Wild is quite faithful to the book, and thus to the actual events of Strayed’s hike. A few side characters are cut, and a few stops along the way go unmentioned, but the film manages to cram in more encounters than I thought it would. (I was initially dismayed that the Three Young Bucks had been excised, since they were some of Strayed’s most memorable companions, but luckily they appear at a later point in the story.) It is especially deft in the way it handles Strayed’s flashbacks, which never feel jammed in for the sake of exposition. The film doesn’t flinch at the less savory aspects of Cheryl’s life: the many anonymous sex partners she had while still married to her doting husband Paul, an abortion, heroin injections. (An upsetting sequence involving the execution of a horse is necessarily toned down for the screen.)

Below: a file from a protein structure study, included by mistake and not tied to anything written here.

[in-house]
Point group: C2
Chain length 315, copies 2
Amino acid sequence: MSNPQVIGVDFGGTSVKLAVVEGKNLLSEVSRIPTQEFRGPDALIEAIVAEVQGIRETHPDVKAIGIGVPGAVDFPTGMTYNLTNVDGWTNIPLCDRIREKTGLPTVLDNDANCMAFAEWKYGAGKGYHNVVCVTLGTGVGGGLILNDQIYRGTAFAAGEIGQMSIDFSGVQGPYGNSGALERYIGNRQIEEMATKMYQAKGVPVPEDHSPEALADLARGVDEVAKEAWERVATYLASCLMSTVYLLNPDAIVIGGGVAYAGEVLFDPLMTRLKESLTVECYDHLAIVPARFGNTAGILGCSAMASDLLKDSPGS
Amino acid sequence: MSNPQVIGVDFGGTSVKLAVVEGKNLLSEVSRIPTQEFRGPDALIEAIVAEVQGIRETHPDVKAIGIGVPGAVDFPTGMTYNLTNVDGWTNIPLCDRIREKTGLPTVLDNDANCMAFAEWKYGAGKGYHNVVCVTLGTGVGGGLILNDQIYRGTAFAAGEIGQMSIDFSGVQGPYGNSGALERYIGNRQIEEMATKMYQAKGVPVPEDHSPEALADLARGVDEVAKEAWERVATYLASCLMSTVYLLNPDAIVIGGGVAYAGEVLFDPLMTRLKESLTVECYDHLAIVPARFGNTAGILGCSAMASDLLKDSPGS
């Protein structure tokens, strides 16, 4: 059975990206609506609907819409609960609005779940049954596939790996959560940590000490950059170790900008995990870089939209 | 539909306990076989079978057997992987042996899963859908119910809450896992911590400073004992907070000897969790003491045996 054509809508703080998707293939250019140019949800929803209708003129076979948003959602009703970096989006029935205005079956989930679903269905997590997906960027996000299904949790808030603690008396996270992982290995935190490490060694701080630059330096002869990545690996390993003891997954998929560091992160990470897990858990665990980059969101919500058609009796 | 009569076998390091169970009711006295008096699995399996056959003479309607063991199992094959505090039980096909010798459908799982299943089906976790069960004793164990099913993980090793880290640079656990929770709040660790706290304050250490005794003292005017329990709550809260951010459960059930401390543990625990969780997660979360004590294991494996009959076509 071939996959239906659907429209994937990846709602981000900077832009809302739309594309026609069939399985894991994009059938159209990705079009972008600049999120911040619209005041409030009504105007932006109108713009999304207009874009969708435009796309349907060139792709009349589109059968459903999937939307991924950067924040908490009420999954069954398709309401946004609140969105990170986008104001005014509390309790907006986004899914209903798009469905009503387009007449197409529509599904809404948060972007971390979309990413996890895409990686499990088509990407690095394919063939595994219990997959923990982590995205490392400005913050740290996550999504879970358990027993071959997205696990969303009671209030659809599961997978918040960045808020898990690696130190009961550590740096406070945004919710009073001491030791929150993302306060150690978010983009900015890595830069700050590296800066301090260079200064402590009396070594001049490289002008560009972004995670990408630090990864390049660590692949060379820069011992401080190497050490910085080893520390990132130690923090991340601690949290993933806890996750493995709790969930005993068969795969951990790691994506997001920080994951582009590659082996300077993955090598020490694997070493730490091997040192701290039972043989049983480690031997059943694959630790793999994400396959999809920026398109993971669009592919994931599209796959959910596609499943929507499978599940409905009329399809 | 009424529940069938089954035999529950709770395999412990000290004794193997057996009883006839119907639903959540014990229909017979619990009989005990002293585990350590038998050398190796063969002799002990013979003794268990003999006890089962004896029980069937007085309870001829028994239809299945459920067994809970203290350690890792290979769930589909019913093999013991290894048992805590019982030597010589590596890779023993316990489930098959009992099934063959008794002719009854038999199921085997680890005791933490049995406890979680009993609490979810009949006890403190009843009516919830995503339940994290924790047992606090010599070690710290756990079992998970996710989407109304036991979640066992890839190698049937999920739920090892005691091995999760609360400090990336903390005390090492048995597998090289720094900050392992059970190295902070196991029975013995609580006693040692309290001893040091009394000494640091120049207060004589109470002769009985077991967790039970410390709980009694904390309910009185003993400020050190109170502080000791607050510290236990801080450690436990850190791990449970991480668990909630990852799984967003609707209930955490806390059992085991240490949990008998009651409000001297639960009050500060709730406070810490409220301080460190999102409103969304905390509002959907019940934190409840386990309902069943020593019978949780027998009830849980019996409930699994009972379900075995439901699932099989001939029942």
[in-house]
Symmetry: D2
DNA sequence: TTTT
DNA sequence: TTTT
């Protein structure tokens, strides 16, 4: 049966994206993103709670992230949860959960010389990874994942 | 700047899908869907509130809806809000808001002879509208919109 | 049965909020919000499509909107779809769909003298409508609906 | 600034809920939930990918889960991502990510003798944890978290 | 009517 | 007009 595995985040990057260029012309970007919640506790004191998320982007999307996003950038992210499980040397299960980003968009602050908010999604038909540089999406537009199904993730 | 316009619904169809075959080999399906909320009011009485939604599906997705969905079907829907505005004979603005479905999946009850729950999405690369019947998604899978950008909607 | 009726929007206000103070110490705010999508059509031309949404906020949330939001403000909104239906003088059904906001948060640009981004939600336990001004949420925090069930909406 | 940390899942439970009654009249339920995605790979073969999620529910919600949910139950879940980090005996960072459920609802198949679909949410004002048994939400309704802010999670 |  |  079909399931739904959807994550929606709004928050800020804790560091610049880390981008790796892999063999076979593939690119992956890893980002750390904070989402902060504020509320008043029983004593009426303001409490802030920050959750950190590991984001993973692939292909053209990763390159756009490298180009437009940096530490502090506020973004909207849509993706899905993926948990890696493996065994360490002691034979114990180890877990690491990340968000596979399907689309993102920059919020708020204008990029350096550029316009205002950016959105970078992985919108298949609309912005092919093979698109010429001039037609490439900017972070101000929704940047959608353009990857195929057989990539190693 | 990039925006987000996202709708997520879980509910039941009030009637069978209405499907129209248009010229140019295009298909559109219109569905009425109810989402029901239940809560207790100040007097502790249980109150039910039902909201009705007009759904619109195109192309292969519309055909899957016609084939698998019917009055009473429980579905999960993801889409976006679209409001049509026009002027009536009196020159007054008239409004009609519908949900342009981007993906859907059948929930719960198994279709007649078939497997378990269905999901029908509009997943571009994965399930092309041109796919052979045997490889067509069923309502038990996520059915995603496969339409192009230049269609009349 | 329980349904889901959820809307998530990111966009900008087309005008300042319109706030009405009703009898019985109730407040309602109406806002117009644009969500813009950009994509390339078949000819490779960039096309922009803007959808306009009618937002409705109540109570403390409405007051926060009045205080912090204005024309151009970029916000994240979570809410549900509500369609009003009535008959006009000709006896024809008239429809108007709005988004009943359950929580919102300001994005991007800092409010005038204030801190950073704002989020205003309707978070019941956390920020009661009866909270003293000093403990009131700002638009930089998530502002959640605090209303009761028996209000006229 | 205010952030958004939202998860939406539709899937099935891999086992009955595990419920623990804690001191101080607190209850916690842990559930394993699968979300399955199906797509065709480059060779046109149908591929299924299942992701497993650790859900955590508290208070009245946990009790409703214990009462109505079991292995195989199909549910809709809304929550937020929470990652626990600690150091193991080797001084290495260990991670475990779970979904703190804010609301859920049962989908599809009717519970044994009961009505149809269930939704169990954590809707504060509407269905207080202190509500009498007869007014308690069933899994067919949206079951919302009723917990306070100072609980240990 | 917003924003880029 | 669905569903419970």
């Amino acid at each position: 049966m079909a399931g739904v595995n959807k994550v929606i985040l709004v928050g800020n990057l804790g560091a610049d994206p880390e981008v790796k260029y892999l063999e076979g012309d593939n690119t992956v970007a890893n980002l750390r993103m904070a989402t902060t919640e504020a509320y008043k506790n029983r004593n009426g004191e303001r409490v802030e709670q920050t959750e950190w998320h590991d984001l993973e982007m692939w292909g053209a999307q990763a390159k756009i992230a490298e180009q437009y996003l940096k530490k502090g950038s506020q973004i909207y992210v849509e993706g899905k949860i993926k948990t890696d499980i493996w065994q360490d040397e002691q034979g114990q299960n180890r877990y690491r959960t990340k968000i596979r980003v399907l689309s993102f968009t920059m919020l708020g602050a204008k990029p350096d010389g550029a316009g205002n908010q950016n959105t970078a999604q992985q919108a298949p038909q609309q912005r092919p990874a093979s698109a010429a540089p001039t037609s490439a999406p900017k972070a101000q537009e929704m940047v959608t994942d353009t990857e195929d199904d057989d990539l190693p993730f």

Witherspoon’s take on Strayed is a bit surlier than the prose of the book, but that mostly works, and perhaps makes it clearer that Cheryl needs this hike to get away from the waste of a woman she’s become. The real centerpiece of Wild (both the movie and book) is Strayed’s mother Bobbi, lovingly and strikingly captured by the book and wonderfully recreated in the film by Laura Dern. With only a handful of relatively short scenes, Laura Dern creates a whole character we feel like we know instantly, a figure so maternal, so flawed but so optimistic, that we can easily see how her absence might rip a hole in a person. At this point, Laura Dern is one of the most fabulous actresses around, and Bobbi’s smallish but significant role is fantastically written. Dern could elevate almost any material, and Bobbi the character alone elevates this story — the credit for which ultimately probably goes to Bobbi the woman, Strayed’s actual mother. But we can also credit Strayed and Hornby as writers, and especially Laura Dern, for bringing her to life in the movie. Witherspoon gets the job done, but Dern should absolutely get an Oscar nomination for this.